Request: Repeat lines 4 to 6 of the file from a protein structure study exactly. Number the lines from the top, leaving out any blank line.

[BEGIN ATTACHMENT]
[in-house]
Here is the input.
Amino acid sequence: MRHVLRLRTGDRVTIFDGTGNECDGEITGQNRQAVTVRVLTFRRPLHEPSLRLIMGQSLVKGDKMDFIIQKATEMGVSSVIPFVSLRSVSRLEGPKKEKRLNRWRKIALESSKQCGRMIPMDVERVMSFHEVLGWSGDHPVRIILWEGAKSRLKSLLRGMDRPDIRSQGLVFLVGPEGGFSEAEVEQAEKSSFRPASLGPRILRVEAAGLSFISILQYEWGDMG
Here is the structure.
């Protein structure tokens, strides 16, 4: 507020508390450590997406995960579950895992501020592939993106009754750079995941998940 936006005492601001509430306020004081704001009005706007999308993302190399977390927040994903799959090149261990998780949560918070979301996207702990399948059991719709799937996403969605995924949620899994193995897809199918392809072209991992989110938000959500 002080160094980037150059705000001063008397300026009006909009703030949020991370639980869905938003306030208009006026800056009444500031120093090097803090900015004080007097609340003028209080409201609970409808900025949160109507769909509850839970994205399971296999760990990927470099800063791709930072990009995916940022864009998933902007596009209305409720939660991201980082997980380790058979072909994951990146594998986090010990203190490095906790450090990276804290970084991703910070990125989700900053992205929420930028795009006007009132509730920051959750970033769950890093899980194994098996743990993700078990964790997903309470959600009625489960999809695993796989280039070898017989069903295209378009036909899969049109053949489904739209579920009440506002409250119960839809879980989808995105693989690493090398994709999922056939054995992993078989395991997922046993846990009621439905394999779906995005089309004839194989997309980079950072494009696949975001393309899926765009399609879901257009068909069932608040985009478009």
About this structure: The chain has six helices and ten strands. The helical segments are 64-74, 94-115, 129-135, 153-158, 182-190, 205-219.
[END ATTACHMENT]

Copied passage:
Here is the structure.
């Protein structure tokens, strides 16, 4: 507020508390450590997406995960579950895992501020592939993106009754750079995941998940 936006005492601001509430306020004081704001009005706007999308993302190399977390927040994903799959090149261990998780949560918070979301996207702990399948059991719709799937996403969605995924949620899994193995897809199918392809072209991992989110938000959500 002080160094980037150059705000001063008397300026009006909009703030949020991370639980869905938003306030208009006026800056009444500031120093090097803090900015004080007097609340003028209080409201609970409808900025949160109507769909509850839970994205399971296999760990990927470099800063791709930072990009995916940022864009998933902007596009209305409720939660991201980082997980380790058979072909994951990146594998986090010990203190490095906790450090990276804290970084991703910070990125989700900053992205929420930028795009006007009132509730920051959750970033769950890093899980194994098996743990993700078990964790997903309470959600009625489960999809695993796989280039070898017989069903295209378009036909899969049109053949489904739209579920009440506002409250119960839809879980989808995105693989690493090398994709999922056939054995992993078989395991997922046993846990009621439905394999779906995005089309004839194989997309980079950072494009696949975001393309899926765009399609879901257009068909069932608040985009478009």
About this structure: The chain has six helices and ten strands. The helical segments are 64-74, 94-115, 129-135, 153-158, 182-190, 205-219.